Laraaji – “Laws of Manifestation”  

Album: Vision Songs Vo. 1 (2018)

I first heard this song while playing through a particularly dramatic game of Risk with my boyfriend, brother, and his girlfriend, very late at night, as games of Risk tend to go. My brother, as mentioned before, has naturally better taste in music than I — even if I may have more encyclopedic knowledge about ’70s soft rock hits and Beatles trivia.

First, let’s talk about the tune itself — it’s rounding, lulling, calliope-like structure. It sounds like something you’ve heard before, right? Or at least kind of? Or how did someone not make that particular arrangement of notes before 2018? Those were my thoughts upon my first listen. The song is firmly in pop territory, structurally, even if it is rough-hewn and low-fi in exactly the kind of way that I’m incredibly weak for. Lyrically, the song is potent in life affirmations — some of them kind of hilarious, which makes sense given that Laraaji was a stand-up comedian for a time in his youth. As I grow older, the cynicism that I admittedly based much of my identity on as a younger person becomes tragically unattractive, and I think my gravitation to and deep love of this song and it’s message is a testament to that facet of my personal growth.

It should be noted that Laraaji (born Edward Larry Gordon) is an interesting fellow — he was “discovered” by my boy Brian Eno in the ’70s while performing in Washington Square Park, which led to the release of Ambient 3: Day of Radiance, perhaps Laraaji’s most widely recognized release. Although I went through a phase in undergrad where I was binging on all Eno’s ambient releases, I must admit that “Laws of Manifestation” might speak to me more now, at least at the ripe old age of 26. Remember, my friends, the laws of manifestation are on your side today.

George Harrison – “Awaiting On You All” 

Album: All Things Must Pass (1970)

George Harrison: the Beatle I understand and love more as I get older and am presented with problems that can’t be navigated simply by adapting Lennon’s snotty realism or McCartney’s delectable ignorance. This is an aside, but when I was in undergrad, one of my friends and I were discussing which Beatle we would marry, if we could (because what else do you talk about with your female music geek friends when you’re 19?) and my friend assured me that Harrison was the one for me. “He’d be so good to you,” she said. It should be noted that while it took me a while, I’m finally dating someone who is firmly more Harrison than Lennon or McCartney. It’s a relief and a gosh darn good fit.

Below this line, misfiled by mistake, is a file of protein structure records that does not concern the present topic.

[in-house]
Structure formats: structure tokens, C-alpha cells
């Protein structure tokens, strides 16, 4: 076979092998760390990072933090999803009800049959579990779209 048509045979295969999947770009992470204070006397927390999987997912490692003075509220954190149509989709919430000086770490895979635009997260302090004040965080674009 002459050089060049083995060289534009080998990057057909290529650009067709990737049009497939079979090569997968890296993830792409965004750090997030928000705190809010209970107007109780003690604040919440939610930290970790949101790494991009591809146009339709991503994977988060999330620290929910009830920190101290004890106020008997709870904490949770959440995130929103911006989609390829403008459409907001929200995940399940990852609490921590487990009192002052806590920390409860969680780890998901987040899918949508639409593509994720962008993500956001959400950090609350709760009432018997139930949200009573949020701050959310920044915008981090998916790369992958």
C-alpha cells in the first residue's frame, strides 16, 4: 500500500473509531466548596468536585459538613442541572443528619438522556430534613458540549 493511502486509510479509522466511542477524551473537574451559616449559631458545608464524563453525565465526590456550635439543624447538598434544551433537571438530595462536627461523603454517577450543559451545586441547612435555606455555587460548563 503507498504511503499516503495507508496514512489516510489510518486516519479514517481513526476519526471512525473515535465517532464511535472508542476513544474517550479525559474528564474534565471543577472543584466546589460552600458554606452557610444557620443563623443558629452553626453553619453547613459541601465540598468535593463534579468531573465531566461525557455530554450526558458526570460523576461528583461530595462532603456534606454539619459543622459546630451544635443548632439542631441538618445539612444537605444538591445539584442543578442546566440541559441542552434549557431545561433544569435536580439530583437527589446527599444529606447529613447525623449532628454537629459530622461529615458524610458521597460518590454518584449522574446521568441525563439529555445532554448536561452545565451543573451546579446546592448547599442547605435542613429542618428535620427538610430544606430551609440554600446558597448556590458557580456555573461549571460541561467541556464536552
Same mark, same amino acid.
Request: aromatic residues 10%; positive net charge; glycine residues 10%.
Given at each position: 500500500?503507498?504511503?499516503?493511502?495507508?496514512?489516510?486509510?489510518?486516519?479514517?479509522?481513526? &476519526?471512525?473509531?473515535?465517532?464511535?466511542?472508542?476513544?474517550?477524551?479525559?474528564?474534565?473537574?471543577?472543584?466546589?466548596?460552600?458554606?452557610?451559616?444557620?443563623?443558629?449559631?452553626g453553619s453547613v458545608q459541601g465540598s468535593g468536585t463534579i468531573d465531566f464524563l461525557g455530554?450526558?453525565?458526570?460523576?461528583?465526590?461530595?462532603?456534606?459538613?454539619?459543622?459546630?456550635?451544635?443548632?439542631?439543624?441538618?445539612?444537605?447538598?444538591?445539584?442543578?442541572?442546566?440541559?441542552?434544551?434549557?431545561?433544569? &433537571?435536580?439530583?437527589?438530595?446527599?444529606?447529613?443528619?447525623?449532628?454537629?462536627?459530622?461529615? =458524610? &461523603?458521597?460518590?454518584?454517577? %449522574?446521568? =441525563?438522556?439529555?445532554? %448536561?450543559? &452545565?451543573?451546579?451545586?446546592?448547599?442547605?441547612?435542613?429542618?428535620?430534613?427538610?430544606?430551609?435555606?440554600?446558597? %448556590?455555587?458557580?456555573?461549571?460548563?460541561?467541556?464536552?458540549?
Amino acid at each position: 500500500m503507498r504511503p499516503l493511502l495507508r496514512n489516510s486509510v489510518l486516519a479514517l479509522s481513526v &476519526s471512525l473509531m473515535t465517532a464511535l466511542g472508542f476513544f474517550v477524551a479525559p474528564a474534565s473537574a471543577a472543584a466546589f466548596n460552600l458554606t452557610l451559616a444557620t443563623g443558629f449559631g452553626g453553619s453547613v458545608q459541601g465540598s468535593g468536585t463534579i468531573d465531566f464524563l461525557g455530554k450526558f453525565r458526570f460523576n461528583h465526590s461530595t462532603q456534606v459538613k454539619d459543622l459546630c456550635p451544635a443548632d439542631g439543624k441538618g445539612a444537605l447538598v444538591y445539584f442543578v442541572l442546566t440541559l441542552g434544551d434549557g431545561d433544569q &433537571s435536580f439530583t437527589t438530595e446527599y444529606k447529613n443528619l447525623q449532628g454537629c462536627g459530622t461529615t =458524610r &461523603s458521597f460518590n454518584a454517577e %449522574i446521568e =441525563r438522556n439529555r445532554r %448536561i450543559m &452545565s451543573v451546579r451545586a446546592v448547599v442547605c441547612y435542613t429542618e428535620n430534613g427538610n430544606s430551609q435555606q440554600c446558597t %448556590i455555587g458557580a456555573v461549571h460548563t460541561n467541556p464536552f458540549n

All Things Must Pass is Harrison’s third solo album, his first released after the April 1970 breakup of The Beatles, and it’s a whopper — a triple LP produced by none other than Phil Spector. Throughout the record Harrison clearly demonstrates who he is pulling from the most — Bob Dylan (covering “If Not For You,” on side two of this album,), Billy Preston, The Band, and the enormous list of backing musicians on All Things Must Pass, including Eric Clapton, Badfinger, Klaus Voorman, and a million other notables. This makes for an album that is sprawling, booming, and chock-full of the new agey-ness that you’re likely to either love or revile in Harrison’s work.

This tune in particular is big, largely thanks to Spector’s liberal application of his famous “Wall of Sound” reverberation effects, as well Harrison’s lyrical subject, which is, literally, God. My newfound respect and love of this album, and this song in particular, probably stems from the same place my respect for Laraaji does; it’s this weird appreciation, instead of outright rejection, of spirituality in the media I consume.

After all, lyrics like “And while the Pope owns 51 percent of General Motors/And the stock exchange is the only thing he’s qualified to quote us/The Lord is awaiting on you all to awaken and see/By chanting the names of the Lord and you’ll be free,” is kind of punk rock, right?

Prince – “Starfish and Coffee” 

Album: Sign ‘O’ the Times (1987)

Prince’s discography is like a treasure trove. Although The Purple One was tragically taken from us back in 2016, and even though I have all of his main releases on vinyl, I still find that no matter how many times I listen to these recordings — there is always something left for me to discover and delightfully obsess over. “Starfish and Coffee” is one of those gems.